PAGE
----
Therefore we do not lose heart. Though outwardly we are wasting away, yet inwardly we are being renewed day by day. For our light and momentary troubles are achieving for us an eternal glory that far outweighs them all. So we fix our eyes not on what is seen, but on what is unseen, since what is seen is temporary, but what is unseen is eternal.
~ The Apostle Paul – II Corinthians 4:16-18
“How you respond to the troubles in your life will go a long way toward whether or not you ever, ever, ever develop courage, ever develop patience, ever develop compassion, ever develop sobriety and humility, ever develop any of those things. Don’t waste your sorrows.”
~ Tim Keller
Sam: “It’s like in the great stories, Mr. Frodo. The ones that really mattered. Full of darkness and danger they were. And sometimes you didn’t want to know the end. Because how could the end be happy? How could the world go back to the way it was when so much bad had happened? But in the end, it’s only a passing thing, this shadow. Even darkness must pass. A new day will come. And when the sun shines it will shine out the clearer. Those were the stories that stayed with you. That meant something, even if you were too small to understand why. But I think, Mr. Frodo, I do understand. I know now. Folk in those stories had lots of chances of turning back only they didn’t. They kept going because they were holding on to something.
Frodo: “What are we holding on to, Sam?”
Sam: “That there’s some good in this world, Mr. Frodo. And it’s worth fighting for.”
~ “The Lord of the Rings – the Two Towers”
“Well, how is John Quincy Adams?”
“Thank you,” he said, “John Quincy Adams is quite well. But the house where he lives is becoming dilapidated. It is tottering. Time and the seasons have nearly destroyed it, and it is becoming quite uninhabitable. I shall have to move out soon. But John Quincy Adams is quite well, thank you.”
~ John Quincy Adams
“I have seen great beauty of spirit in some who were great sufferers. I have seen men, for the most part, grow better not worse with advancing years, and I have seen the last illness produce treasures of fortitude and meekness from most unpromising subjects.”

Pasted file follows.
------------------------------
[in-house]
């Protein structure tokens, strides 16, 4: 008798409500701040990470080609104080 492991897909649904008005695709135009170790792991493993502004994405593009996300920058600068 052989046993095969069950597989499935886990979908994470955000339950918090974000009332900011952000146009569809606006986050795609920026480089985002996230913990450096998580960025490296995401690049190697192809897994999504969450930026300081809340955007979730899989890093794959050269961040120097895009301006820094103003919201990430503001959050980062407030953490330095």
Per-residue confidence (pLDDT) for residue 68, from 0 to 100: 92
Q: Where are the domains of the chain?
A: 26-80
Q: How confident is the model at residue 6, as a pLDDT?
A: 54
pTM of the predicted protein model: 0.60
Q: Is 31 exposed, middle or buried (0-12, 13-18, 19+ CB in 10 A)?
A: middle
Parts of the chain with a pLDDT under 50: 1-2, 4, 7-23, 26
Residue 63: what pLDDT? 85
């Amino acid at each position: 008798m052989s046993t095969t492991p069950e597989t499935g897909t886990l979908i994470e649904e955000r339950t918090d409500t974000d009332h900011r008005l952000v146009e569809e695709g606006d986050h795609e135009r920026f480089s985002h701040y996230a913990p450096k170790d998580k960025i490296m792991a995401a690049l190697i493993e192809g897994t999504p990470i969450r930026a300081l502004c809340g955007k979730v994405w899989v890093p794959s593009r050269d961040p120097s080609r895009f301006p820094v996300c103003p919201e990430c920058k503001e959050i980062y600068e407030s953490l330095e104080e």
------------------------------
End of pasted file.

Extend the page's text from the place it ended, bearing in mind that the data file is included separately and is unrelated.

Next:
~ The Problem of Pain, C.S. Lewis
“Our bad things turn out for good. Our good things can never be lost. And the best things are yet to come”
~ Jonathan Edwards
“The simple truth is, life is hard. It never will be as good as we want it to be, and it will inevitably become painfully difficult for everyone before it’s over.
“So the question is, how then should we live? What story should we tell with our lives? To achieve what? My life is telling a story. Your life is telling a story. If there is a good story to tell, one that gives me solid hope through bad times that good times lie ahead, and one that releases me to live with joy and purpose now, I want to know it and live it.”
~ Larry Crabb
“Why fear death, it’s the greatest adventure of all.”
~ Peter Pan
“If you could do it, I suppose, it would be a good idea to live your life in a straight line – starting, say, in the Dark Wood of Error, and proceeding by logical steps through Hell and Purgatory and into Heaven. Or you could take the King’s Highway past appropriately named dangers, toils, and snares, and finally cross the River of Death and enter the Celestial City.
But that is not the way I have done it, so far. I am a pilgrim, but my pilgrimage has been wandering and unmarked. Often what has looked like a straight line to me has been a circle or a doubling back. I have been in the Dark Wood of Error any number of times. I have known something of Hell, Purgatory, and Heaven, but not always in that order.
The names of many snares and dangers have been made known to me, but I have seen them only in looking back. Often I have not known where I was going until I was already there. I have had my share of desires and goals, but my life has come to me or I have gone to it mainly by way of mistakes and surprises.
Often I have received better than I have deserved. Often my fairest hopes have rested upon bad mistakes. I am an ignorant pilgrim, crossing a dark valley. And yet for a long time, looking back, I have been unable to shake off the feeling that I have been led – make of that what you will.
~ Wendell Berry, Jayber Crow
“Therefore let those who suffer according to God’s will entrust their souls to a faithful Creator while doing good.”
~ 1 Peter 4:19